Final Destination

Trivia: The filmmakers originally had an ending in which Alex grabs the cable that lies on Clear's car, Alex catches fire and dies. Then Clear gets her baby and Carter survives. The test audience didn't like this, so the filmmakers shot another ending in which Alex is decapitated by a crashing police helicopter. But again, the test audience didn't like the fact that Alex dies, so they shot the finish with the billboard, which took 6 days to film and cost nearly $2,000,000.

Trivia: When Alex's air ticket is torn at the checking desk before he boards 180 if you look at the ticket very closely there is a piece of text saying 'Your Final Flight'.

Trivia: In the airport after the plane explodes, it shows Terry with a terrified look on her face. Right behind her is a picture of a bus, which is the way she would die later in the movie. Also, at Ms. Lewton's house, when she is standing in front of her computer, behind her is a stained glass window with a picture of a knife, which is how she would later die.

Trivia: The sign that falls down at the end is "180", which was the number for their flight.

Trivia: Something to watch for, (though fairly obvious if you know the song) especially considering John Denver died in a plane crash; whenever someone's about to die, listen for the song "Rocky Mountain High" by John Denver to play. The obvious one is when Ms. Lewton is about to die and she plays her mother's John Denver record. Next, after Todd shaves and cuts himself, he plugs in the radio and you think he's going to get electrocuted. What do you suppose is playing for about 3 seconds? At the beginning, when Alex is having the nightmare, he and Todd go to the bathroom, guess what's playing on the loudspeaker. Also at the end, when they are in France, the man playing the guitar is singing "Rocky Mountain High" in French.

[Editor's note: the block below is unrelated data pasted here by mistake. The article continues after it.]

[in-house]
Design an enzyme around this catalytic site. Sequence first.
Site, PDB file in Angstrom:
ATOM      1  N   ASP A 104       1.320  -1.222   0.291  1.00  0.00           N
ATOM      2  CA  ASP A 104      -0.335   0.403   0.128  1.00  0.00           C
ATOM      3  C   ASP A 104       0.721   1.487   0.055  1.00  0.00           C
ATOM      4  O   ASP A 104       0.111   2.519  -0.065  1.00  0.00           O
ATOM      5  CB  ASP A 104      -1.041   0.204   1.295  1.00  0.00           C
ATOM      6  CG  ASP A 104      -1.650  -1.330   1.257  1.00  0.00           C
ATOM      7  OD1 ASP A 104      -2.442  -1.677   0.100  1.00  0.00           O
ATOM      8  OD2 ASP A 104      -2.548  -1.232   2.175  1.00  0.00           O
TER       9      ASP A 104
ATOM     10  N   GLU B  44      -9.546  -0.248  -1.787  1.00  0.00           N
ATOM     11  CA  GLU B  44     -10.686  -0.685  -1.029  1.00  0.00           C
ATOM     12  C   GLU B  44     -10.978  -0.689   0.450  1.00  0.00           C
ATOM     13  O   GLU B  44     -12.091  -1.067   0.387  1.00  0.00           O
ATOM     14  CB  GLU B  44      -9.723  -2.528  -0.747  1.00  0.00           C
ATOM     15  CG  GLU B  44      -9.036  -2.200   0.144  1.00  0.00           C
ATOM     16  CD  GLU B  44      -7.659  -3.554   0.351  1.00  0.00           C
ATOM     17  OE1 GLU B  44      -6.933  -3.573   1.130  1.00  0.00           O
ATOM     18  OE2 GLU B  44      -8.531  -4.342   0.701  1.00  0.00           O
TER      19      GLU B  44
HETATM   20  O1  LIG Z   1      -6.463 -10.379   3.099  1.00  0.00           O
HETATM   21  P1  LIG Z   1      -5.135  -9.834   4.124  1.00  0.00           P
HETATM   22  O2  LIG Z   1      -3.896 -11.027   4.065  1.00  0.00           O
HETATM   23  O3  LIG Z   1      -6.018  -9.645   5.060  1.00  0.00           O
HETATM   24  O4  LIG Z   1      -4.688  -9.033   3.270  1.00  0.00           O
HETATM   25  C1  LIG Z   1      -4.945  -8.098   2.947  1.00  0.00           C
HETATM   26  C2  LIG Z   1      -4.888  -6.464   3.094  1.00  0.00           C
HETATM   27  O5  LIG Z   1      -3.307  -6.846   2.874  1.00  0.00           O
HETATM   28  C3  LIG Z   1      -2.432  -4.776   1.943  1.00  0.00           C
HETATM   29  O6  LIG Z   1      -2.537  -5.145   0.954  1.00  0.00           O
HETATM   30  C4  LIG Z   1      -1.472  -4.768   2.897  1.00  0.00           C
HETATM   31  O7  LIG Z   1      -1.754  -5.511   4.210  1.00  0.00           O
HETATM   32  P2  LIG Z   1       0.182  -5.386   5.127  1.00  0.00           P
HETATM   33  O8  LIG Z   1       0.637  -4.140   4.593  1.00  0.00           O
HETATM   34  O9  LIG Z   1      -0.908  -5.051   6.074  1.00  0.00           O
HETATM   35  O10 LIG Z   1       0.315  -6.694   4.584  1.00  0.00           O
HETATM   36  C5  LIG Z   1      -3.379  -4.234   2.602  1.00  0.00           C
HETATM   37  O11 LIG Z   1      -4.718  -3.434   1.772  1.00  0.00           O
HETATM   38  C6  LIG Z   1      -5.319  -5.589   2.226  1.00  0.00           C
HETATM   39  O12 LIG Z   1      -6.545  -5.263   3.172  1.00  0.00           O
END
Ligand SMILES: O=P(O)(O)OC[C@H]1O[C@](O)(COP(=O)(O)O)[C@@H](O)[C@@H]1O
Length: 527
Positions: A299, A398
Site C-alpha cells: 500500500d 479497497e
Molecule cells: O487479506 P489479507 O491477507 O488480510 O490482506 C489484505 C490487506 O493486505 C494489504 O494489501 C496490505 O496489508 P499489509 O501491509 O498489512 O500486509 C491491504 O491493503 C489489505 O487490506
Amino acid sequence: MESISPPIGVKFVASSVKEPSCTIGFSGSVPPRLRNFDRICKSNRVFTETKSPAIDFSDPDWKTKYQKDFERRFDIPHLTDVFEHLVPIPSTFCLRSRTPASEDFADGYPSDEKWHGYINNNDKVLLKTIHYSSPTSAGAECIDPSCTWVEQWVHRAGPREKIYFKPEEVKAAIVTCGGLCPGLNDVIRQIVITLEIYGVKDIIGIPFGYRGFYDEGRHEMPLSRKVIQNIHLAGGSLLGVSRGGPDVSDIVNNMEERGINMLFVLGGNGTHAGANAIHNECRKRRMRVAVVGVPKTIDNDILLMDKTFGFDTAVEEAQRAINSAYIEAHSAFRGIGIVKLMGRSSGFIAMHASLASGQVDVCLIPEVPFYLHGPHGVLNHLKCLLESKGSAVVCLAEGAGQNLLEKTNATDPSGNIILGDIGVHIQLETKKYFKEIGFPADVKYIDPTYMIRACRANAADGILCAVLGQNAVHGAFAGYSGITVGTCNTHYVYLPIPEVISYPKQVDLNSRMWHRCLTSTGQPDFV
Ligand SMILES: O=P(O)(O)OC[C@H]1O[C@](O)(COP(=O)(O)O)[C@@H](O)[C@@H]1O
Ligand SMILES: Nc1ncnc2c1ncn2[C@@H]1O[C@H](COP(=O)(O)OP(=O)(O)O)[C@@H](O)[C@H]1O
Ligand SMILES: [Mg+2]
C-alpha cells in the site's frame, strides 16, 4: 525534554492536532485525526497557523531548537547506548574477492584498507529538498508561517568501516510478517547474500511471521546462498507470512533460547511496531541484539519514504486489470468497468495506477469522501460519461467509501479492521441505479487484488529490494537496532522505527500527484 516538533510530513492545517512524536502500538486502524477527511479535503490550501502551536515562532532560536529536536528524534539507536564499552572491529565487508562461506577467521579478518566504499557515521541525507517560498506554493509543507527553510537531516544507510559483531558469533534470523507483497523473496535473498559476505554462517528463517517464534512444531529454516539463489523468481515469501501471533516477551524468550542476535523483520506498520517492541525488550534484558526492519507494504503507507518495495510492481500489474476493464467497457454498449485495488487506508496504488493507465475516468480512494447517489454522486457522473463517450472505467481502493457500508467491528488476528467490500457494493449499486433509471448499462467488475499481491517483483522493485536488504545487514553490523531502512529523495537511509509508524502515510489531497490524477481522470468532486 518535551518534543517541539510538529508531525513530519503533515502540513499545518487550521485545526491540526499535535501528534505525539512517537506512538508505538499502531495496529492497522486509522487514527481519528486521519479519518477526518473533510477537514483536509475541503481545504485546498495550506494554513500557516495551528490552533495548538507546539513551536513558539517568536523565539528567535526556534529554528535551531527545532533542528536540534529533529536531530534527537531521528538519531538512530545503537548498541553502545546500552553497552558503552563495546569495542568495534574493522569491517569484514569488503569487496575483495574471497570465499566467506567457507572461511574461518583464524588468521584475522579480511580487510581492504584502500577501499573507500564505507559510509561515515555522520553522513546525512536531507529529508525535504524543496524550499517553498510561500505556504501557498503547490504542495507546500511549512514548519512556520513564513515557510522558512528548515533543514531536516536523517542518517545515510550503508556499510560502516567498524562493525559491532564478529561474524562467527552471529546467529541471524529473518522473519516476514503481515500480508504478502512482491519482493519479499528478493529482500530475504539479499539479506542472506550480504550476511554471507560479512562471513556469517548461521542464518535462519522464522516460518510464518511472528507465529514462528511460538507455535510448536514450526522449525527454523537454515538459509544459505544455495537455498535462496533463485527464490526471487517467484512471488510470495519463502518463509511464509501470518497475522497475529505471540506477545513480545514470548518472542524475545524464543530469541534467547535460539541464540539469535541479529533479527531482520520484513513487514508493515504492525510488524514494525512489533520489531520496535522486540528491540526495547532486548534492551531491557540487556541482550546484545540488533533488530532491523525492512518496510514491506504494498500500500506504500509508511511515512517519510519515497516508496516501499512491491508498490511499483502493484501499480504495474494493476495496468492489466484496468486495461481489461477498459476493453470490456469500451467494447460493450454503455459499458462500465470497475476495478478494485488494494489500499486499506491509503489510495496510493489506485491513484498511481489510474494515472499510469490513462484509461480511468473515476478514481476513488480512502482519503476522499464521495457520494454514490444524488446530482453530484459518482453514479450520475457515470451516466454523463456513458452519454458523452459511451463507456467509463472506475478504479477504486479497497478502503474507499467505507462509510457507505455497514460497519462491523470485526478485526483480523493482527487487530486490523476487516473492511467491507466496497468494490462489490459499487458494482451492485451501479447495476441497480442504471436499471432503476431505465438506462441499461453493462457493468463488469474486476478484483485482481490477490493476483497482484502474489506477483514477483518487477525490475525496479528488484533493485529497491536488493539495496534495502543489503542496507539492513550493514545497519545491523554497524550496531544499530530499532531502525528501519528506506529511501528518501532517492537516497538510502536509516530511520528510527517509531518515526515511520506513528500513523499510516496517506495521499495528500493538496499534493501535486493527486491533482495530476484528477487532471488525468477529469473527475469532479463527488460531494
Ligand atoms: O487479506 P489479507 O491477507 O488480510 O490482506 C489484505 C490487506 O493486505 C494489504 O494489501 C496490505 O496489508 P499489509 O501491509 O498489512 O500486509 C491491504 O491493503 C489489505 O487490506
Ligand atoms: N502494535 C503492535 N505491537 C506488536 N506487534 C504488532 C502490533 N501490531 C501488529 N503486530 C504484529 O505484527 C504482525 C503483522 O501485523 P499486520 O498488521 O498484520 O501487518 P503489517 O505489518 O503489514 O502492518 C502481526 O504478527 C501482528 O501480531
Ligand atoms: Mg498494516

Trivia: Todd foreshadows his own death - in Alex's vision he mimes strangling himself (when he's trying to stop Alex changing seats), putting an imaginary rope around his own neck and pulling it tight...


Trivia: This is more of something to notice, but when the students are walking onto the aeroplane Alex looks at the scrapes on the door of the plane, then he looks down through the gap and a baggage car passes underneath. Look at the numbers on top of the car...they read 666, unless you want to be picky then its 999 which wouldn't mean anything.

Trivia: In the very beginning of the movie you see many different shots of Alex's room, in one shot you see the shadow of a little figure hanging by the neck foreshadowing Todd's death.

Trivia: When Carter is driving to "take control" the train Alex sees out his window is number 747, which is the type of plane that blew up.


Trivia: James Wong, the director for this movie, was also a writer/producer/director for the X-Files TV show. The script for this movie was based on a script writer Jeffrey Reddick wrote for the X-Files that wasn't used. In the original script, titled "Flight 180," Dana Scully's brother was one of the characters who survived the plane incident.


Factual error: The teens are traveling presumably along the Meadowbrook or Wantagh parkways, when they enter Jones Beach. They see a sign just before the beach entrance that says "New York: 93 miles", when Jones Beach is less than 15 miles from NYC limits and approximately 25-30 miles from Manhattan.

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Bludworth: In death, there are no accidents, no coincidences, no mishaps and no escapes.

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Question: On the back of the PAL DVD there is a picture of Alex holding back Clear from a car during the day. It looks to be at the place where Terry was killed. Does anyone know if this is a deleted scene not on the DVD? Also, on the commentary the makers of the film said that they shot the bus hit from inside the bus, as well as from the side. Does anyone know where these scenes are now?

Answer: The scene where Terry was killed was most likely shot during the day. It is quite common for film makers to film a scene during the day to get the right lighting effects and then later CGI the night sky and the proper shadowing. This is most effective when you have an area that would otherwise be too dark or have environment that wont allow for the proper lighting for a night shoot. As for the bus, your guess is as good as mine.

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